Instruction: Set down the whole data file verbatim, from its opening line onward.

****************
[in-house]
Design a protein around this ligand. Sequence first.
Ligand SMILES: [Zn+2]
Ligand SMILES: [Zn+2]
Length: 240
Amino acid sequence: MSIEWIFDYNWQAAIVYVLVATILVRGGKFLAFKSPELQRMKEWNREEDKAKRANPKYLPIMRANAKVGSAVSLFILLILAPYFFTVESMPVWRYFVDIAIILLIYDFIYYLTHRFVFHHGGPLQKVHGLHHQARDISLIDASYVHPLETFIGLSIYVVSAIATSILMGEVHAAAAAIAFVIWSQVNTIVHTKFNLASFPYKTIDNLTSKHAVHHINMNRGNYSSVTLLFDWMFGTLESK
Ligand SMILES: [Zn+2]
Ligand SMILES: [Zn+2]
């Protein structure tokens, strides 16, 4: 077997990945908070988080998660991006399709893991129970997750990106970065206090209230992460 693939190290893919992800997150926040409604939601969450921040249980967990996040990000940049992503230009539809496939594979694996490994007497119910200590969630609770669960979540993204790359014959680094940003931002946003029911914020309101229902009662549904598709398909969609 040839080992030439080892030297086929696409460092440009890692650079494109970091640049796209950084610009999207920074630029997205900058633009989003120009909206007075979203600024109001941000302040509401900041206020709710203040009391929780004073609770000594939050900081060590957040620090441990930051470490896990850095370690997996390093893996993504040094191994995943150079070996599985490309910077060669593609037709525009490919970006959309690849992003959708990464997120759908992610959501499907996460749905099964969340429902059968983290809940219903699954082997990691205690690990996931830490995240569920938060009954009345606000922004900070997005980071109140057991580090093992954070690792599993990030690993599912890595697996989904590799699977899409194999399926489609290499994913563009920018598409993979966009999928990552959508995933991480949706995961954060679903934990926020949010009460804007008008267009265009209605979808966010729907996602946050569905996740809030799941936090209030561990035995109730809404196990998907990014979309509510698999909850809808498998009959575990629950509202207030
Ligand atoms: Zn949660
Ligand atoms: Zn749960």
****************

[in-house]
Design a protein around this ligand. Sequence first.
Ligand SMILES: [Zn+2]
Ligand SMILES: [Zn+2]
Length: 240
Amino acid sequence: MSIEWIFDYNWQAAIVYVLVATILVRGGKFLAFKSPELQRMKEWNREEDKAKRANPKYLPIMRANAKVGSAVSLFILLILAPYFFTVESMPVWRYFVDIAIILLIYDFIYYLTHRFVFHHGGPLQKVHGLHHQARDISLIDASYVHPLETFIGLSIYVVSAIATSILMGEVHAAAAAIAFVIWSQVNTIVHTKFNLASFPYKTIDNLTSKHAVHHINMNRGNYSSVTLLFDWMFGTLESK
Ligand SMILES: [Zn+2]
Ligand SMILES: [Zn+2]
């Protein structure tokens, strides 16, 4: 077997990945908070988080998660991006399709893991129970997750990106970065206090209230992460 693939190290893919992800997150926040409604939601969450921040249980967990996040990000940049992503230009539809496939594979694996490994007497119910200590969630609770669960979540993204790359014959680094940003931002946003029911914020309101229902009662549904598709398909969609 040839080992030439080892030297086929696409460092440009890692650079494109970091640049796209950084610009999207920074630029997205900058633009989003120009909206007075979203600024109001941000302040509401900041206020709710203040009391929780004073609770000594939050900081060590957040620090441990930051470490896990850095370690997996390093893996993504040094191994995943150079070996599985490309910077060669593609037709525009490919970006959309690849992003959708990464997120759908992610959501499907996460749905099964969340429902059968983290809940219903699954082997990691205690690990996931830490995240569920938060009954009345606000922004900070997005980071109140057991580090093992954070690792599993990030690993599912890595697996989904590799699977899409194999399926489609290499994913563009920018598409993979966009999928990552959508995933991480949706995961954060679903934990926020949010009460804007008008267009265009209605979808966010729907996602946050569905996740809030799941936090209030561990035995109730809404196990998907990014979309509510698999909850809808498998009959575990629950509202207030
Ligand atoms: Zn949660
Ligand atoms: Zn749960």